The last time the Pens lost Game 5 with a series tied 2-2 was back in the 2009 Stanley Cup Final against Detroit. After getting defeated 5-0 by the Red Wings, we all know what happened next – Pittsburgh bounced back to win Games 6 and 7 with identical 2-1 scores on their way to capturing the franchise’s third championship.

The biggest lesson Crosby learned from that experience, he said, was the level of desperation that’s needed in a game like this.

“You know it’s going to be close,” he said. “You know you’re going to fight for every inch out there. So just understanding that.”

Another thing, Crosby continued, is just to focus on the game itself.

“Not the result,” he continued. “Not anything that happens over the course of a game. You just really have to kind of break it up into one shift at a time. It’s cliché, but it’s true. That’s the way you have to look at it. Over the course of the game momentum’s going to change. That’s how it’s going to work. But at the end of the day, it’s those details and it’s not a switch, it’s something where you’ve got to go in there with the right mindset and we’ll have that for sure.”


When asking players around the locker room about what the Pens need to do better on the ice against the Tampa Bay Lightning, a theme emerged.

“We have to limit their rushes. They’re really good on the rush,” Hornqvist said.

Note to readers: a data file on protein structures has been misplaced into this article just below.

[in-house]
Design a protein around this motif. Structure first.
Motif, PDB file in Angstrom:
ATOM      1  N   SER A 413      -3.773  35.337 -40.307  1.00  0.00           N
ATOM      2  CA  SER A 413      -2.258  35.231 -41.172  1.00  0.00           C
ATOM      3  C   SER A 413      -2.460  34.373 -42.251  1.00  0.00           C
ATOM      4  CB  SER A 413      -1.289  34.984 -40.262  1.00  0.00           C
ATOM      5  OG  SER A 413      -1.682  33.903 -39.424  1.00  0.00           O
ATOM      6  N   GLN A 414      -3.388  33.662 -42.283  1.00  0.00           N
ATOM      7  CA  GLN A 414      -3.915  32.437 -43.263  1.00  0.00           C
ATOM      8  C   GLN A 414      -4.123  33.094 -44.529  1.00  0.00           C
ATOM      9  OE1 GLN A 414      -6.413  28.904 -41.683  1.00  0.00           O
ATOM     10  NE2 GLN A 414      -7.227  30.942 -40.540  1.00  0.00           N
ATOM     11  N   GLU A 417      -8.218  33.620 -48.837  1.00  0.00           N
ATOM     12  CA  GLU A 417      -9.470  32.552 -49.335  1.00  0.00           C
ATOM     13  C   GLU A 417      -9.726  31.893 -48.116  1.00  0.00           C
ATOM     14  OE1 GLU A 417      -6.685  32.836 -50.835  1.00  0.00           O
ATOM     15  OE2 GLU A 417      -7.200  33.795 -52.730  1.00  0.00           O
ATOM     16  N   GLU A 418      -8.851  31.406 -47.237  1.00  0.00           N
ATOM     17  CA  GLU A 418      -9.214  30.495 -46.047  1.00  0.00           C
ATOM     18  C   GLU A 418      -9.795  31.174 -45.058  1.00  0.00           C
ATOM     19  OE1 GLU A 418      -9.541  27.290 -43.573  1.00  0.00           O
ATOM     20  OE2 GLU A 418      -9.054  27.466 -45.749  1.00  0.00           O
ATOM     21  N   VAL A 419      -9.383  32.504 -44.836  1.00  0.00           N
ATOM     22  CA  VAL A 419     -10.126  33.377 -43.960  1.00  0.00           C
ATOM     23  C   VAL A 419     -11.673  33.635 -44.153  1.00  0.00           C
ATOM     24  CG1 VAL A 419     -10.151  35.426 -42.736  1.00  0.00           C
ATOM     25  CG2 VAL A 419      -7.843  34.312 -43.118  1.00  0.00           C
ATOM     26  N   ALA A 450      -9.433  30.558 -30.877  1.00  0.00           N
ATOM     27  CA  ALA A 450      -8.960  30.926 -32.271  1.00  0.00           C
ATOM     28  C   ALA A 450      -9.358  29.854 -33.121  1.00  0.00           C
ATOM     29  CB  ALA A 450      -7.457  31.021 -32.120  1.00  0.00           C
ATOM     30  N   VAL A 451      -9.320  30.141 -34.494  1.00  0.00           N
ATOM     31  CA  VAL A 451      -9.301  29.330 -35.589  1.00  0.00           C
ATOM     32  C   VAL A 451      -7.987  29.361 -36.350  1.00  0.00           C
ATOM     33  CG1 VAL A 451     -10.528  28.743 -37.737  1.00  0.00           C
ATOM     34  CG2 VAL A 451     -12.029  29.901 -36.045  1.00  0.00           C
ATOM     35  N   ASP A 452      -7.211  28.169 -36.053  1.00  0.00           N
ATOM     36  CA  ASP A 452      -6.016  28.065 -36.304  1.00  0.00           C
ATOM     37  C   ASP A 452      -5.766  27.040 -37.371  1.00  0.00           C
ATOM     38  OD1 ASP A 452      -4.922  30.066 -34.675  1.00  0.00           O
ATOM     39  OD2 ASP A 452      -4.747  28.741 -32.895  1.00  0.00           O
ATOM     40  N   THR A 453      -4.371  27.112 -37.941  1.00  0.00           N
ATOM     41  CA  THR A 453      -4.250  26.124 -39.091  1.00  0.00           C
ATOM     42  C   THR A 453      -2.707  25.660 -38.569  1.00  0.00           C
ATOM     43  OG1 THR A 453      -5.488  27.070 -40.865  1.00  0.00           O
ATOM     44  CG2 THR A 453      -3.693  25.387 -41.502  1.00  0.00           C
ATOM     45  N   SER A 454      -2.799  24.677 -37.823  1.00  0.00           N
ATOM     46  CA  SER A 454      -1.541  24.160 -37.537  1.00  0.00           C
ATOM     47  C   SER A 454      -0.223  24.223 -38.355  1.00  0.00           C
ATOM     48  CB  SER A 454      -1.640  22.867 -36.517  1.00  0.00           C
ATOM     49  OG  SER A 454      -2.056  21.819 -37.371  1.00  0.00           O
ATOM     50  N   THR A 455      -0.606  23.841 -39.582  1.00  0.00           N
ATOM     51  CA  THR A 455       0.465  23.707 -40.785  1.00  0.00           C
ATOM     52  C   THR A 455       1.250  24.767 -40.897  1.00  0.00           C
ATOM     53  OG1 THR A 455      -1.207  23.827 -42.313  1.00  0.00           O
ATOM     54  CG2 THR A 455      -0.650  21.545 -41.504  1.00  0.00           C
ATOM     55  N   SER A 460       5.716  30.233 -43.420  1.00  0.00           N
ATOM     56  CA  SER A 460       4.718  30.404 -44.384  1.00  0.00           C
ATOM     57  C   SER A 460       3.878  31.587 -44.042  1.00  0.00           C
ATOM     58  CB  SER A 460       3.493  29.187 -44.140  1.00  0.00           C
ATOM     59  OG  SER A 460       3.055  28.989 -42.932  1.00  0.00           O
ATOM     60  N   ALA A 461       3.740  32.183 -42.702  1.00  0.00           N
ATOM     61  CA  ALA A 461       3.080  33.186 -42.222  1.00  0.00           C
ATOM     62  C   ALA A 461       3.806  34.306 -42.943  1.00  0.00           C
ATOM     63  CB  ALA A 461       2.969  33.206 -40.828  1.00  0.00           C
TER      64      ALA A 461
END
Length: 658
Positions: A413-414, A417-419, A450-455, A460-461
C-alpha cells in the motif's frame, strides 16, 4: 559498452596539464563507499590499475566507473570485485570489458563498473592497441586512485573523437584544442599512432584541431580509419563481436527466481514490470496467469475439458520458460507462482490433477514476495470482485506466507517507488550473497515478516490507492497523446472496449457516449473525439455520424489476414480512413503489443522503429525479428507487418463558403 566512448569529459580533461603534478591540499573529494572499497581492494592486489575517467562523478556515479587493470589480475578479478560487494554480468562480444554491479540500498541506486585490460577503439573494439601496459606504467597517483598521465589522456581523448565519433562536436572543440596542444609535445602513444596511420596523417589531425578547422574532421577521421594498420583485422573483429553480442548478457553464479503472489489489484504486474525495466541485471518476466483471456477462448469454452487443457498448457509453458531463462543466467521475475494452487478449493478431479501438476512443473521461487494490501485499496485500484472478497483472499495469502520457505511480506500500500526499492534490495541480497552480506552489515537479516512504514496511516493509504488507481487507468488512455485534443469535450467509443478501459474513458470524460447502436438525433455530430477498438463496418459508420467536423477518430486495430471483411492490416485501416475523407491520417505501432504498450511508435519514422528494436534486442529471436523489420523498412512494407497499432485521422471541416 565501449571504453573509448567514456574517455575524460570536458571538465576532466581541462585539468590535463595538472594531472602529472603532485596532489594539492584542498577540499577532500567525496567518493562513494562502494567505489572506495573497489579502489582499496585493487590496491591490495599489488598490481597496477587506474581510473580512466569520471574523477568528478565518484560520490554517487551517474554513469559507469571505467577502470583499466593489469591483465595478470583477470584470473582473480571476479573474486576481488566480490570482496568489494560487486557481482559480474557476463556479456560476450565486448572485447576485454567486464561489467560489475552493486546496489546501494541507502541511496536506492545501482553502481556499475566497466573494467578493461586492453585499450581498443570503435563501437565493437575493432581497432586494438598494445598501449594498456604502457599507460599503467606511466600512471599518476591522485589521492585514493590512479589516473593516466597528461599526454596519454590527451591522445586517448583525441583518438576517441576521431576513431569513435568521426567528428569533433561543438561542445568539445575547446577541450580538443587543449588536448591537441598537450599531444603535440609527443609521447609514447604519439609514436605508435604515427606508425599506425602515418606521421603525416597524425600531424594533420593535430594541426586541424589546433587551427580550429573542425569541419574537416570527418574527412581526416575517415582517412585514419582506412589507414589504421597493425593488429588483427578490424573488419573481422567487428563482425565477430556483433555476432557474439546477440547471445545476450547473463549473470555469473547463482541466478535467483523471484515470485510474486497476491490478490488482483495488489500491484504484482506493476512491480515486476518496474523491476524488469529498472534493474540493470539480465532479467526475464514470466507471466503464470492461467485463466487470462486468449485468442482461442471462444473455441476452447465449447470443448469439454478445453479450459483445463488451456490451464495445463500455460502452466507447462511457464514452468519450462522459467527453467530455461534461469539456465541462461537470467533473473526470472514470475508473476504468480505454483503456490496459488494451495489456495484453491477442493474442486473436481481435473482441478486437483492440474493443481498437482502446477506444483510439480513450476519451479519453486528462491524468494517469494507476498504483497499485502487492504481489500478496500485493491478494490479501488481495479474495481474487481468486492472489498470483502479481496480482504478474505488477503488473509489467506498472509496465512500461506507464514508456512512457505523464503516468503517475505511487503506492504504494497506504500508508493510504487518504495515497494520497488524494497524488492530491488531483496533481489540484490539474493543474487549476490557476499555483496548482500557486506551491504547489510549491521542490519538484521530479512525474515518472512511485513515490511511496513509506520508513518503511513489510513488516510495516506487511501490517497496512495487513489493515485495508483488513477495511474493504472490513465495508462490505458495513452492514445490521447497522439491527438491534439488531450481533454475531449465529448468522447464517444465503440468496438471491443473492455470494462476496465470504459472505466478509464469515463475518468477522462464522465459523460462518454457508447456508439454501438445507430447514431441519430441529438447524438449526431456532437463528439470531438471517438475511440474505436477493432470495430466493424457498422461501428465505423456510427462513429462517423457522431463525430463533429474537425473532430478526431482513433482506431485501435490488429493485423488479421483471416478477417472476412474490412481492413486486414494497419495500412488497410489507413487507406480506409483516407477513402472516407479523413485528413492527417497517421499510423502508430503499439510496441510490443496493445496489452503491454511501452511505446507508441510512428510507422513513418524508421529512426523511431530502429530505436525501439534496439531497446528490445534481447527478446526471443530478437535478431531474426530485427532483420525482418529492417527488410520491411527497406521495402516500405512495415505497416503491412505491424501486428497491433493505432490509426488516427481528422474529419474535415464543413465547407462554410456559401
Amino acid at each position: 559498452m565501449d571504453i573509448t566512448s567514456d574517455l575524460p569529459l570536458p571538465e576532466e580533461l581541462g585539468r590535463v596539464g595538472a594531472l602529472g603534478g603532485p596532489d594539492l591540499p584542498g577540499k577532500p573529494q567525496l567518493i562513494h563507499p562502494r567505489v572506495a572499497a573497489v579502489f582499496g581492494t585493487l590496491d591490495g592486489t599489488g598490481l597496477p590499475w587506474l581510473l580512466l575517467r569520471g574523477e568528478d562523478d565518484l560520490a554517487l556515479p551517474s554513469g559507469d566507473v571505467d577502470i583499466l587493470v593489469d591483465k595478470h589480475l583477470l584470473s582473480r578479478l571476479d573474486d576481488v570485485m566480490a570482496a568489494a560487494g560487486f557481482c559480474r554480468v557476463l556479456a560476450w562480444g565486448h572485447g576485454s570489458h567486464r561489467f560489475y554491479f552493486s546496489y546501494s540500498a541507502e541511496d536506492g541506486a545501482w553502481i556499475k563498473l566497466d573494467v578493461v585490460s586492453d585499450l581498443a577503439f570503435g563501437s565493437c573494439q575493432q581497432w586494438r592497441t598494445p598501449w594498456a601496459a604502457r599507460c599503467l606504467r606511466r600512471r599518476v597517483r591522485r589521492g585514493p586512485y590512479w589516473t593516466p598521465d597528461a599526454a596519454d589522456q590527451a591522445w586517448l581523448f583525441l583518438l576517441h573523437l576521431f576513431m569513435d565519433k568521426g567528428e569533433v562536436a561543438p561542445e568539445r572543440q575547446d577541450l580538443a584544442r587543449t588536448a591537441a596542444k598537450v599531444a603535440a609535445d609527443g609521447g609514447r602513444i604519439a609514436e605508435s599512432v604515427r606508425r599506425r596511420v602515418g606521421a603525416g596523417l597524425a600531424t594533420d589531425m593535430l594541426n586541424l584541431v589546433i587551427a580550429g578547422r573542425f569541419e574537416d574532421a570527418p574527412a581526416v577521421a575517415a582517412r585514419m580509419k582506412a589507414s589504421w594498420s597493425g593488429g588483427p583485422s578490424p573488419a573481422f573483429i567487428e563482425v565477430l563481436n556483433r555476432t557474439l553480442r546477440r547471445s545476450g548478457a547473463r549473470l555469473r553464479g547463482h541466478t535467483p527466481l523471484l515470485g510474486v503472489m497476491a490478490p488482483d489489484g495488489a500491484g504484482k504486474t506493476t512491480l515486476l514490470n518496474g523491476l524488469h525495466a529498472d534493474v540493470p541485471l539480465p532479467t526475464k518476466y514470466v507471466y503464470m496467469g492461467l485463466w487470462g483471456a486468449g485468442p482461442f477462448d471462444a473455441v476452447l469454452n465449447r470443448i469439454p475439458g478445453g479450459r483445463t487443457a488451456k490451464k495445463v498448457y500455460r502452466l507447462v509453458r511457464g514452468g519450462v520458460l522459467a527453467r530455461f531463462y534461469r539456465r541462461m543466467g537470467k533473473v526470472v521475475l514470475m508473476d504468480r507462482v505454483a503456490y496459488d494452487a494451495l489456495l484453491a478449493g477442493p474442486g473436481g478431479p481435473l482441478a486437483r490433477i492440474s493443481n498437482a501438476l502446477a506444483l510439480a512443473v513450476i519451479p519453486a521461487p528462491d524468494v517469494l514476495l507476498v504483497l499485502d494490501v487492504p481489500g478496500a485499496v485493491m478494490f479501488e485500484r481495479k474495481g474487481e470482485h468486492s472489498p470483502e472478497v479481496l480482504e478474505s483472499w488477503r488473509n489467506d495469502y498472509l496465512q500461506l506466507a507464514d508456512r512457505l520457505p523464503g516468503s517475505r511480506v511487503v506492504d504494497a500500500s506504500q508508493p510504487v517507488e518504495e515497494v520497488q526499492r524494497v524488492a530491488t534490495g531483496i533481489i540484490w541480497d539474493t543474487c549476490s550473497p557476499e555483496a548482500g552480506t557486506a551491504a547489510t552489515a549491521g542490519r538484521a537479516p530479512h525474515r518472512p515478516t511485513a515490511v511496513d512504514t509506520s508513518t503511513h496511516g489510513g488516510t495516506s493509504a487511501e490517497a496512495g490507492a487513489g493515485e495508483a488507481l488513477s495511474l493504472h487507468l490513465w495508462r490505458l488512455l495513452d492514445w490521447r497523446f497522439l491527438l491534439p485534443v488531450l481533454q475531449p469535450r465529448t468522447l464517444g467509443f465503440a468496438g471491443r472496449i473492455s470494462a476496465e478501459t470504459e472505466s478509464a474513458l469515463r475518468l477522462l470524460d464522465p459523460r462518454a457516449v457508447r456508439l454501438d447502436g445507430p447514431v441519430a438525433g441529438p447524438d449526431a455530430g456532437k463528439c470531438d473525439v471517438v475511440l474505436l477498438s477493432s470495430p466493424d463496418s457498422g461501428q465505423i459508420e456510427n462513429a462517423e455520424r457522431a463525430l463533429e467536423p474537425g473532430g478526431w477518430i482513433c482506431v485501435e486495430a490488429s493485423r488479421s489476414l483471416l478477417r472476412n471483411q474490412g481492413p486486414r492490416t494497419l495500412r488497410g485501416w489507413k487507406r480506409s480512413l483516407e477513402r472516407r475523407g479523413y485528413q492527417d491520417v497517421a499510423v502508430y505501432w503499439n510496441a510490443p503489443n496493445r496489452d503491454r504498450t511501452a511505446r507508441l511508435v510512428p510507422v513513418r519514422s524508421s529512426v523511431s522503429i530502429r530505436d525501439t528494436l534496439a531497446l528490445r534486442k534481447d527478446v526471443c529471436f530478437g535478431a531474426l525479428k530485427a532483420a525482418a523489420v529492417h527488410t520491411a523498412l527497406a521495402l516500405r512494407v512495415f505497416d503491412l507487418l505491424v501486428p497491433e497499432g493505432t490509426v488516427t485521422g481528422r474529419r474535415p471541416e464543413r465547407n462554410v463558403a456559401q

“Limiting their rushes and our turnovers,” Nick Bonino said. “When we feed their rush we make the game easier for them. Control the puck and try not to turn it over in those areas that give them dangerous chances.”

The key to the Pens’ success always comes down to their puck management. And it’s especially important against a deadly attacking transition team like Tampa Bay. But hearing every Pens player reiterate the same point, seems to mean it will be an extra point of emphasis tonight.


As the Pens had the day off on Monday, the entire team participated in practice today – including all three goalies and defenseman Steve Oleksy, who was one of a group of players recalled from Wilkes-Barre/Scranton after their playoff run ended.

Here’s how the lines and D-pairs looked…









If those lines are any indication, it looks like Sheary will be back in the lineup after Beau Bennett slotted in for him in Game 5. If that is the case, Sullivan talked about what the coaching staff needs to see from the young winger.

“Conor brings a lot of energy, his quickness, his relentless pursuit on the puck,” Sullivan said. “He's got a good stick, he's got play making ability. That's when he's at his best. That's our expectation of him when he plays for us. For me, that's what he's brought that to us all season long: just his quickness, his quick stick, his ability to anticipate plays, knock pucks down, create opportunities off of turnovers. That's the type of player that he is. That's what he brings to the line that he's on, and that's what our expectation is when he's in the lineup.”

Another player who got back in was Olli Maatta, who returned for Game 5 after being a healthy scratch for Games 2-4.

He produced a solid performance, finishing with one assist and doing the majority of the heavy lifting on the Chris Kunitz goal that gave the Penguins a 3-2 lead, although he wasn’t credited with a helper on the play. Maatta finished the game plus-2 with four hits in 17-plus minutes.

“Lots,” Maatta said when I asked him how much adrenaline he had going into the game. “I just wanted to go out there and play and have fun and that’s what it was. The result wasn’t what we wanted, but we’ve just got to be better tonight.

“We know we didn’t play a full game and that cost us the game there. We know we can be better and if we play the way we have the last couple months, if we play as a group, we’re going to be fine